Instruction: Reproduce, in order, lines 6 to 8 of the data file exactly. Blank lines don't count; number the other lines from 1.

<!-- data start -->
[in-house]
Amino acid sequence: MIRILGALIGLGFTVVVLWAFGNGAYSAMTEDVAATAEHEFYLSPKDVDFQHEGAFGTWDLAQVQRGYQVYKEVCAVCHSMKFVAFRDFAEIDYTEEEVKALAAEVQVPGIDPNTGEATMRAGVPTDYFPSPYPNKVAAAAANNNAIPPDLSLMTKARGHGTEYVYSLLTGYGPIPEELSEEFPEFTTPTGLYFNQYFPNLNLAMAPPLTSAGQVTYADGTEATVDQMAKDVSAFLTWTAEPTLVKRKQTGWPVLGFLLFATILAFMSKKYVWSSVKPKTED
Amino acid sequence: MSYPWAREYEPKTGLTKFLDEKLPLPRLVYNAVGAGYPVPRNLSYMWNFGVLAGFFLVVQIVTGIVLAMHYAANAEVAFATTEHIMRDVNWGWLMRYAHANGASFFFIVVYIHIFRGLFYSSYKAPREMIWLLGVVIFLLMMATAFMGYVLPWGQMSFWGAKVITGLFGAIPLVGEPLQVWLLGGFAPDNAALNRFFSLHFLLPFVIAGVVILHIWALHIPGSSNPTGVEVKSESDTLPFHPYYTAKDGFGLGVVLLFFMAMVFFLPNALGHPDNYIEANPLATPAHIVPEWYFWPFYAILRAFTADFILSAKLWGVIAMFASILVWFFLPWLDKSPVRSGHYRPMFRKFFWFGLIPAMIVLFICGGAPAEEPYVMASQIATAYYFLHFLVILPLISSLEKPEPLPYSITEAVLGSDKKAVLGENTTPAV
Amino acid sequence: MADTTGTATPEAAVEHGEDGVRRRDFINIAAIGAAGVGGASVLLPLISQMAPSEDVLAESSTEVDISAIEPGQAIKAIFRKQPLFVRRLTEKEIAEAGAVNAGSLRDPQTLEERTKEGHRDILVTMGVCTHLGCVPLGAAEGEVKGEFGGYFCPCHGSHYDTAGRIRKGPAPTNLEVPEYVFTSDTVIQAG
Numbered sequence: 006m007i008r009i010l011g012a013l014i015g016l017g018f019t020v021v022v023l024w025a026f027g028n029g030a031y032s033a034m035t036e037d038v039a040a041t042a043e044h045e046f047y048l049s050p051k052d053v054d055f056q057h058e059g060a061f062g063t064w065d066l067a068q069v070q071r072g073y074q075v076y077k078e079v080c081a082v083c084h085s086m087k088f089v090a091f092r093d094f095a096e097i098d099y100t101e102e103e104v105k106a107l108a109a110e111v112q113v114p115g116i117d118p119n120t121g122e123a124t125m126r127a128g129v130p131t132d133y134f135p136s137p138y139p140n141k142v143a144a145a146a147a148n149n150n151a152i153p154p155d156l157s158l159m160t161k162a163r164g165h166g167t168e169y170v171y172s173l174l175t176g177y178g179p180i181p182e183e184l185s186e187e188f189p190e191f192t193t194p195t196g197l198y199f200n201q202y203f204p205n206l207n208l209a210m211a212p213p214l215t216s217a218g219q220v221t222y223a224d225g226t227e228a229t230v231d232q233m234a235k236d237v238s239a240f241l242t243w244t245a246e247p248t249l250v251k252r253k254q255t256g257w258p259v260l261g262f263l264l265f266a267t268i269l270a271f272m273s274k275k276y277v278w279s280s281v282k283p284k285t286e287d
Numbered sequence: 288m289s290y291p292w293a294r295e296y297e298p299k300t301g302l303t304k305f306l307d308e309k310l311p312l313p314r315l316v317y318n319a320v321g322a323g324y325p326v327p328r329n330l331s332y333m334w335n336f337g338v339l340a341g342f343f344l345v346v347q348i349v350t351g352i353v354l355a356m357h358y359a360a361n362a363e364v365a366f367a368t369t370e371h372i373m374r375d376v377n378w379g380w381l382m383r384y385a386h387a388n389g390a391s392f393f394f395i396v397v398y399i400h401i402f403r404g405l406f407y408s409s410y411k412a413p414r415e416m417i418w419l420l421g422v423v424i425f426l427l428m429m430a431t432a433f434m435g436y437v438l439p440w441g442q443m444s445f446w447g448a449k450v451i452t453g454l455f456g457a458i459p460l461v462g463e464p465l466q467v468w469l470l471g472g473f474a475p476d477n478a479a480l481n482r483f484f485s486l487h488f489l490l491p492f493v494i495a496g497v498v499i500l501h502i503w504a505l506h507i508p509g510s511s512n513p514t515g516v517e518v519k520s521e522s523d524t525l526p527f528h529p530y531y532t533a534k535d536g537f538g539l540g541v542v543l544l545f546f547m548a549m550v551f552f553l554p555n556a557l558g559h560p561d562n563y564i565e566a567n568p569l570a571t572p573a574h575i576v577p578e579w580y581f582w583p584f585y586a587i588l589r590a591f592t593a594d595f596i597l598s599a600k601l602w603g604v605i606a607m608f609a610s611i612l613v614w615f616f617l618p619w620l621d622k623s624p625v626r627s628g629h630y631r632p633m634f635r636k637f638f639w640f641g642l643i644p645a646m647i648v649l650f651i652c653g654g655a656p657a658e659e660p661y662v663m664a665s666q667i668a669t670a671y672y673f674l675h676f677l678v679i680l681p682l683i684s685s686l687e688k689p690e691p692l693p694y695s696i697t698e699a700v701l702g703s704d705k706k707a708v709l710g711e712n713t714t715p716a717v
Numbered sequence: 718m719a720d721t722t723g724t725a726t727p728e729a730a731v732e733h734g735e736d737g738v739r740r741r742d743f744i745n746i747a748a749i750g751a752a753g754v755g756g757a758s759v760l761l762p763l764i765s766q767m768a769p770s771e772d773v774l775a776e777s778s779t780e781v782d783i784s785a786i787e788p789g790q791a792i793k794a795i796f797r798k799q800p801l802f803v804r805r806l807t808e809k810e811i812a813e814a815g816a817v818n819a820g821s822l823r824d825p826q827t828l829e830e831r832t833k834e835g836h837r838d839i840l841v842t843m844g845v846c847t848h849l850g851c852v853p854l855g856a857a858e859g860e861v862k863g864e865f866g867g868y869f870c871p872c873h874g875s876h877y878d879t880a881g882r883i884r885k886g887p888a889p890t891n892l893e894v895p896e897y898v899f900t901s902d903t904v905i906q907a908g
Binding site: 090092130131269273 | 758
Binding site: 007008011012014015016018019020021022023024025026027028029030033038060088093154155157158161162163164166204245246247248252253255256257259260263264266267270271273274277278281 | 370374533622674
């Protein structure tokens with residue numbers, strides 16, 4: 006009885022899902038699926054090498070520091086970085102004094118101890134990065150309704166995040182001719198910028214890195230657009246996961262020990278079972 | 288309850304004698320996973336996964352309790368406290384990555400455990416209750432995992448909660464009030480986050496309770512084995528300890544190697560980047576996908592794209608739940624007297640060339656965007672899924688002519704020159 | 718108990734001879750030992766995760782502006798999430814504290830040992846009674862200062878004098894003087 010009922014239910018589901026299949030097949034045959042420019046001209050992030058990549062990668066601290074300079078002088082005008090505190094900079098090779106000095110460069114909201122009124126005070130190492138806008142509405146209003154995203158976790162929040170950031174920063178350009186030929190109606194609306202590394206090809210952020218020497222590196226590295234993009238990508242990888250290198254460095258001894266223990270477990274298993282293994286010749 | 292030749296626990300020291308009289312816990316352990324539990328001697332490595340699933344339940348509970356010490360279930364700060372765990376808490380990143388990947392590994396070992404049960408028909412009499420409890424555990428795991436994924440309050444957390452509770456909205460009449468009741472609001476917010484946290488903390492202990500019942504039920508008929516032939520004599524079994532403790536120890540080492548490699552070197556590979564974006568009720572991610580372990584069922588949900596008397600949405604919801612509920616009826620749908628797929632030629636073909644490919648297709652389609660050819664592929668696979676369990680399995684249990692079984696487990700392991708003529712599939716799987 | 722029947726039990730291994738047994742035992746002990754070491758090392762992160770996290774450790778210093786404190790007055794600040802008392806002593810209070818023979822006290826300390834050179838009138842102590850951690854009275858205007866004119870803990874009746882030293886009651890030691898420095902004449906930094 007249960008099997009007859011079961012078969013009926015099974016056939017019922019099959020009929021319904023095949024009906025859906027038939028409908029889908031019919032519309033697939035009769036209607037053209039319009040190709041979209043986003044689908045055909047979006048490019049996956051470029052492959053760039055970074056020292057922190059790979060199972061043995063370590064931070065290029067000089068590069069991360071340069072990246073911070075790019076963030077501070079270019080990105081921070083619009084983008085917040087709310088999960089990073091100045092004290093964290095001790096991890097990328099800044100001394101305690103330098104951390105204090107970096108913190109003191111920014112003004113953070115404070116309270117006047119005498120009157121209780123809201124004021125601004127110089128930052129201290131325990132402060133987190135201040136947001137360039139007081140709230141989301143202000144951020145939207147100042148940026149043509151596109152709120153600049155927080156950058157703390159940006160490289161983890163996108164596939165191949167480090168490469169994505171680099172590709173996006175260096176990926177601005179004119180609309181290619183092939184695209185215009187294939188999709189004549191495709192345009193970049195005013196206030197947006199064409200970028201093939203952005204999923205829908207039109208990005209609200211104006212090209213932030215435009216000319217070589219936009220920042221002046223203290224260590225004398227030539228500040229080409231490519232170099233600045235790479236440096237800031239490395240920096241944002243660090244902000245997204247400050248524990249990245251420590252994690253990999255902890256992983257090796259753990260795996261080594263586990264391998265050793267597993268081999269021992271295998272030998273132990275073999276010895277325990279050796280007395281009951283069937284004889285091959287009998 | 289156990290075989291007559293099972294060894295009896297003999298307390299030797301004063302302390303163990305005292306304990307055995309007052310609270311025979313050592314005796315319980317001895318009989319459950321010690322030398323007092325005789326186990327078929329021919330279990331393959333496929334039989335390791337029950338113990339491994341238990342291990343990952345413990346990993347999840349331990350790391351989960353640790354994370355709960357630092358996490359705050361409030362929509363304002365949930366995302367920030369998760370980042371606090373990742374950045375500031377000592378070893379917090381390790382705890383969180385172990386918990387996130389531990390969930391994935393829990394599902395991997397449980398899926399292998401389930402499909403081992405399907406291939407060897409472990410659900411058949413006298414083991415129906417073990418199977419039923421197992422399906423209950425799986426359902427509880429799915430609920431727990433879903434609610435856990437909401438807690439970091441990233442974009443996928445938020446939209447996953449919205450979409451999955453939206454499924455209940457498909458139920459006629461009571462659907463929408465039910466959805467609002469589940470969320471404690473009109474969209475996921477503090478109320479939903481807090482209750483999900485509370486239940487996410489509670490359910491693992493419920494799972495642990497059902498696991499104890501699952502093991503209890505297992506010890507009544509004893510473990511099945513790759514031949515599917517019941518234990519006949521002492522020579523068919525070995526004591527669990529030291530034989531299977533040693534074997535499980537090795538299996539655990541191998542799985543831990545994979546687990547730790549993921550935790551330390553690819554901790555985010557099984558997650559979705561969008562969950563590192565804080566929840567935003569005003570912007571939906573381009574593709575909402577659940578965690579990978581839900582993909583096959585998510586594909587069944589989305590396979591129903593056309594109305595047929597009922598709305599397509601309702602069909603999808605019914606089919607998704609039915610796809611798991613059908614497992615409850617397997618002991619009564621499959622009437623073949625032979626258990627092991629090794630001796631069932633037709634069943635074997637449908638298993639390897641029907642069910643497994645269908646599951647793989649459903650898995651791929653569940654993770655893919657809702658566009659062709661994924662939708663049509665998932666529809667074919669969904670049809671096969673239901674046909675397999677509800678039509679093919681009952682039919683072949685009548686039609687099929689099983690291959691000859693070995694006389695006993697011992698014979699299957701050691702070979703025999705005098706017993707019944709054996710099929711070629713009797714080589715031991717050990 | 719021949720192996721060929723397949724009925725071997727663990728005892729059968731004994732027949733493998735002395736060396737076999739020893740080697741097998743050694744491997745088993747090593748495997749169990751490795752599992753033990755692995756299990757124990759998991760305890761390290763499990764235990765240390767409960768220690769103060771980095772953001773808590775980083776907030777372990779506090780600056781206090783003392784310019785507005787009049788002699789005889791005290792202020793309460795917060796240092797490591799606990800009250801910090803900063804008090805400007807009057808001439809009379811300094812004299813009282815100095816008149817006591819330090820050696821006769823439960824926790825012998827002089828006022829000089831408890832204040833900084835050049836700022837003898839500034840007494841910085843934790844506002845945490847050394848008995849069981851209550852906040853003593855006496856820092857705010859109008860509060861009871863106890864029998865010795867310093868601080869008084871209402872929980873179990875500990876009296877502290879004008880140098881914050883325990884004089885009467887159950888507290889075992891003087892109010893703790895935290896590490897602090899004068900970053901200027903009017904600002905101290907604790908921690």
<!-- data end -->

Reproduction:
Numbered sequence: 288m289s290y291p292w293a294r295e296y297e298p299k300t301g302l303t304k305f306l307d308e309k310l311p312l313p314r315l316v317y318n319a320v321g322a323g324y325p326v327p328r329n330l331s332y333m334w335n336f337g338v339l340a341g342f343f344l345v346v347q348i349v350t351g352i353v354l355a356m357h358y359a360a361n362a363e364v365a366f367a368t369t370e371h372i373m374r375d376v377n378w379g380w381l382m383r384y385a386h387a388n389g390a391s392f393f394f395i396v397v398y399i400h401i402f403r404g405l406f407y408s409s410y411k412a413p414r415e416m417i418w419l420l421g422v423v424i425f426l427l428m429m430a431t432a433f434m435g436y437v438l439p440w441g442q443m444s445f446w447g448a449k450v451i452t453g454l455f456g457a458i459p460l461v462g463e464p465l466q467v468w469l470l471g472g473f474a475p476d477n478a479a480l481n482r483f484f485s486l487h488f489l490l491p492f493v494i495a496g497v498v499i500l501h502i503w504a505l506h507i508p509g510s511s512n513p514t515g516v517e518v519k520s521e522s523d524t525l526p527f528h529p530y531y532t533a534k535d536g537f538g539l540g541v542v543l544l545f546f547m548a549m550v551f552f553l554p555n556a557l558g559h560p561d562n563y564i565e566a567n568p569l570a571t572p573a574h575i576v577p578e579w580y581f582w583p584f585y586a587i588l589r590a591f592t593a594d595f596i597l598s599a600k601l602w603g604v605i606a607m608f609a610s611i612l613v614w615f616f617l618p619w620l621d622k623s624p625v626r627s628g629h630y631r632p633m634f635r636k637f638f639w640f641g642l643i644p645a646m647i648v649l650f651i652c653g654g655a656p657a658e659e660p661y662v663m664a665s666q667i668a669t670a671y672y673f674l675h676f677l678v679i680l681p682l683i684s685s686l687e688k689p690e691p692l693p694y695s696i697t698e699a700v701l702g703s704d705k706k707a708v709l710g711e712n713t714t715p716a717v
Numbered sequence: 718m719a720d721t722t723g724t725a726t727p728e729a730a731v732e733h734g735e736d737g738v739r740r741r742d743f744i745n746i747a748a749i750g751a752a753g754v755g756g757a758s759v760l761l762p763l764i765s766q767m768a769p770s771e772d773v774l775a776e777s778s779t780e781v782d783i784s785a786i787e788p789g790q791a792i793k794a795i796f797r798k799q800p801l802f803v804r805r806l807t808e809k810e811i812a813e814a815g816a817v818n819a820g821s822l823r824d825p826q827t828l829e830e831r832t833k834e835g836h837r838d839i840l841v842t843m844g845v846c847t848h849l850g851c852v853p854l855g856a857a858e859g860e861v862k863g864e865f866g867g868y869f870c871p872c873h874g875s876h877y878d879t880a881g882r883i884r885k886g887p888a889p890t891n892l893e894v895p896e897y898v899f900t901s902d903t904v905i906q907a908g
Binding site: 090092130131269273 | 758